Fifteen students in Tisha Thacker's fourth-grade class at Lexington's Pershing Elementary School had school safety and violence on their minds recently.
When they knew they were going to visit the Capitol in Lincoln last Wednesday, the 9- and 10-year-olds decided to write letters to their senator, Matt Williams of Gothenburg, and let him know their concerns.
Please make it a law, one boy said, that you can't allow violence in schools.
"Students can get terribly hurt," he said.
The students had a unit in their reading class that encouraged them to participate in government, their teacher said. When the fourth-graders studied Nebraska government, they asked if they could write to Williams, who had written them a letter last year.
They had heard President Donald Trump had talked about arming teachers after the shooting at a Florida high school Feb. 14, Thacker said.
"I left it up to them," the teacher said. "I said here are a few of the laws that are being talked about, like substitute teachers needing a four-year degree."
Most of the students chose the topic of school violence and arming teachers, edited the letters and submitted them to their teacher to give to the senator.
Monday, Williams read excerpts on the floor of the Legislature during debate on a bill (LB998) that would allow Educational Service Units to hire social workers to aid students with behavioral or mental health problems.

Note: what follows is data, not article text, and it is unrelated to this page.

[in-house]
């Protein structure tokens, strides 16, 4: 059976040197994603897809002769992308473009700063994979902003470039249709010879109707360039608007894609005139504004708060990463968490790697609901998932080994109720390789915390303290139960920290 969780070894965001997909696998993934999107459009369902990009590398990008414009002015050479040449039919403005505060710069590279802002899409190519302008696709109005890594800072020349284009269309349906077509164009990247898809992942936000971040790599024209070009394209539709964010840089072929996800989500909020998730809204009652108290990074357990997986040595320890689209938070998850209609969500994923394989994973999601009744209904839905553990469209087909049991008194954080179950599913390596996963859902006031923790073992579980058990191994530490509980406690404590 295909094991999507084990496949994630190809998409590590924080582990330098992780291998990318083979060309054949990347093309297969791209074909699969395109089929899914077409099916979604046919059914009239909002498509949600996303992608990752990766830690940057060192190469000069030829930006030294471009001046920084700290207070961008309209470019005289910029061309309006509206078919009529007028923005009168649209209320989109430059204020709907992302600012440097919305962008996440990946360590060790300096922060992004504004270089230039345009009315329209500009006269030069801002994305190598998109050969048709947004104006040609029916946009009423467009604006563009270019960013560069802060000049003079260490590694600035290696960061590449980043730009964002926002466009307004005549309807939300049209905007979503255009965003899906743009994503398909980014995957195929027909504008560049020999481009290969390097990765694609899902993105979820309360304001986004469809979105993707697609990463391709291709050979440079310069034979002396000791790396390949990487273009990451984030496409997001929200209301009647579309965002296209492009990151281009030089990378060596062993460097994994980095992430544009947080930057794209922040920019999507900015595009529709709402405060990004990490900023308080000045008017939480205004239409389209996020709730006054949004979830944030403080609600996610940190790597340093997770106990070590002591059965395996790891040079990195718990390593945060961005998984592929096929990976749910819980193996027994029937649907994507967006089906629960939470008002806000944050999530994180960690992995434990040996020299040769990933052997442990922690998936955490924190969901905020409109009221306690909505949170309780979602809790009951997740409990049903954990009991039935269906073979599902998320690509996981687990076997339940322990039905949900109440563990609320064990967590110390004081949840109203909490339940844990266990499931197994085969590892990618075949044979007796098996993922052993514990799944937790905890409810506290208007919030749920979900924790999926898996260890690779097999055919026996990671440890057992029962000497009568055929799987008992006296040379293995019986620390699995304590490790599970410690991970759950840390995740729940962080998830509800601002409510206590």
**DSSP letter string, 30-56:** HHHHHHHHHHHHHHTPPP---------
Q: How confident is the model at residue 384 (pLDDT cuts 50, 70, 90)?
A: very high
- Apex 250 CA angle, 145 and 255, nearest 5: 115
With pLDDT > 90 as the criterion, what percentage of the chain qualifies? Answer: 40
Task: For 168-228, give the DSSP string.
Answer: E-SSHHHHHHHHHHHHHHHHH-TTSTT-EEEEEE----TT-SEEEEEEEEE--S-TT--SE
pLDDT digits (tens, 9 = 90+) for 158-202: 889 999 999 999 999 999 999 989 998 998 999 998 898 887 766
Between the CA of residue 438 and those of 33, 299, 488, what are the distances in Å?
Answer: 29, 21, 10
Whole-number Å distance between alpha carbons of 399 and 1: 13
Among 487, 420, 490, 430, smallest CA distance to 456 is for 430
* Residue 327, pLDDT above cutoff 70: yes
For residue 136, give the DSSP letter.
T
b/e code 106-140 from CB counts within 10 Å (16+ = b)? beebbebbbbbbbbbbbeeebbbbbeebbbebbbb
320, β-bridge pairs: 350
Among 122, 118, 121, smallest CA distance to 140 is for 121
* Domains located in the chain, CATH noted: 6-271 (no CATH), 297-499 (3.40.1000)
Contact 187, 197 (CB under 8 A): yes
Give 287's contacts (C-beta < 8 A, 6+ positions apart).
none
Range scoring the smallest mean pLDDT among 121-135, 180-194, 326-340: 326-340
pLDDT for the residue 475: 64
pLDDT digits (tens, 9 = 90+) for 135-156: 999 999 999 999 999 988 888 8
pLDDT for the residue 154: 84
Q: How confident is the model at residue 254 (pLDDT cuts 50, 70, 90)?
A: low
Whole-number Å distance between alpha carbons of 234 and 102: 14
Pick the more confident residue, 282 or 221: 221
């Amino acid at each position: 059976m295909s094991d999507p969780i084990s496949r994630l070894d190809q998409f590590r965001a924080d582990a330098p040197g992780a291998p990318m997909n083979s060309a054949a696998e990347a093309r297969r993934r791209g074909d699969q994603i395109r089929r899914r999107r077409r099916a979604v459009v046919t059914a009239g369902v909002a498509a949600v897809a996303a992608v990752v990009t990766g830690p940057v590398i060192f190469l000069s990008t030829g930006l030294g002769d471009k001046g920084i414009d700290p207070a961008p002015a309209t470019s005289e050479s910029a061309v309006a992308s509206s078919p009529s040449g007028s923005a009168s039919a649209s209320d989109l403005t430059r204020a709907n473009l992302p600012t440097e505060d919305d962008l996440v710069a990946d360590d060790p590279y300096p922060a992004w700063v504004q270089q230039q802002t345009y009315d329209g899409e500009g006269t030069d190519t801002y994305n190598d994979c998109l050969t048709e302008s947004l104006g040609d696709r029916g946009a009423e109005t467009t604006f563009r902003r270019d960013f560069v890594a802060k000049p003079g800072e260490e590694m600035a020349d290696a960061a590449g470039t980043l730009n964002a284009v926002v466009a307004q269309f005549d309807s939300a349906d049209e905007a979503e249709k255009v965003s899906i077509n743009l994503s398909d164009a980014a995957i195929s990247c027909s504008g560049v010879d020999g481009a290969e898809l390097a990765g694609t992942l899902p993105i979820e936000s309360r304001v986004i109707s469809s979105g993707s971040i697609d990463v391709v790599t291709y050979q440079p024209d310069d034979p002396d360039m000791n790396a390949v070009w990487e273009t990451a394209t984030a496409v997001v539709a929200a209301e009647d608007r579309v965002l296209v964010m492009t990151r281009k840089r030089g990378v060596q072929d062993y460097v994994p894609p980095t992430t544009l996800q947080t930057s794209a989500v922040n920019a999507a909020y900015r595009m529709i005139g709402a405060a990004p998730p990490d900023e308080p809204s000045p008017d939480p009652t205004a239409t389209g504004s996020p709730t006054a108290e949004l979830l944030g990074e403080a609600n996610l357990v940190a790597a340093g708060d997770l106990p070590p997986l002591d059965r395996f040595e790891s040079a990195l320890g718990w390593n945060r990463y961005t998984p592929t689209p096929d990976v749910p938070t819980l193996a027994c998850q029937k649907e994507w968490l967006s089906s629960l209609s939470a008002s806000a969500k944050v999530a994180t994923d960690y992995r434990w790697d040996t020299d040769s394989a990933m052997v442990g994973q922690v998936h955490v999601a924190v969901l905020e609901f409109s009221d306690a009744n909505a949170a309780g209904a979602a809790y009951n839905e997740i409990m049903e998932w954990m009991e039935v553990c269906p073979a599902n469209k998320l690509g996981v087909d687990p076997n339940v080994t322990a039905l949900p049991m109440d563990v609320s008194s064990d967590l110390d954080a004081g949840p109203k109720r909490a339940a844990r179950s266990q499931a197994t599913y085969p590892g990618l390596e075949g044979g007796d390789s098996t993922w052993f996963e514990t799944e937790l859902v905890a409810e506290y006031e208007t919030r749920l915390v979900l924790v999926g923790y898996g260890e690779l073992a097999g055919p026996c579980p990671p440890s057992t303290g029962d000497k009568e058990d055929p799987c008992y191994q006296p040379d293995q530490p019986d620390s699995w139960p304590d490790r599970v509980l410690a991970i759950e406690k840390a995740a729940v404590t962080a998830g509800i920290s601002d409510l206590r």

One of Thacker's students asked for protection for schools. He wanted stronger glass windows so a bad person couldn't break in the classroom. Stronger doors and fences. Military personnel to guard school grounds, day and night.
"I learn the best when I am protected and safe," he said.
The letters showed how children view the issue of arming teachers much differently than adults.
Teachers should not bring a gun to school because kids might get scared of the teacher, and some might not want to come to school anymore, one student wrote.
"When she calls us to go with her we will be, like, frozen because we will think she is going to point the gun to us," a girl said. "If students are talking to their neighbor when the teacher is talking and teaching, she will get mad. Accidentally shoot."
They feared accidents, the possibility of a gunshot ricocheting off a file cabinet and endangering students, or a new student thinking the teacher's gun is a toy and shooting it when the teacher steps out of the classroom.
Students see teachers as kind, caring and compassionate, a boy said. But if they carried guns, students would think they are untrustworthy and unkind.
Maybe the guns aren't the problem, one boy said. Maybe it's the person behind the gun.
"We should make sure that the person buying the gun is using it for legal purposes, not illegal purposes," the boy said. "This information is in our Bill of Rights in the 2nd Amendment."
One student suggested putting barbed wire around the school so people can't come in.
"Every time a person might break in to the schools, and that might never happen, but just to make sure they can get poked if they climb the fences," the boy said.
The students are reminded about school safety and gun violence every time an incident is reported in the news or when they do lockdown drills throughout the school year.
They had great thought processes and good questions about safety as they wrote to Williams, Thacker said. She was surprised how much concern they expressed as grade-school students.
But they put a lot of faith in what Nebraska lawmakers might be able to do for them.
"Just in case someone brings a gun to a public school in Lexington, Nebraska, I hope you will keep us safe," a girl said.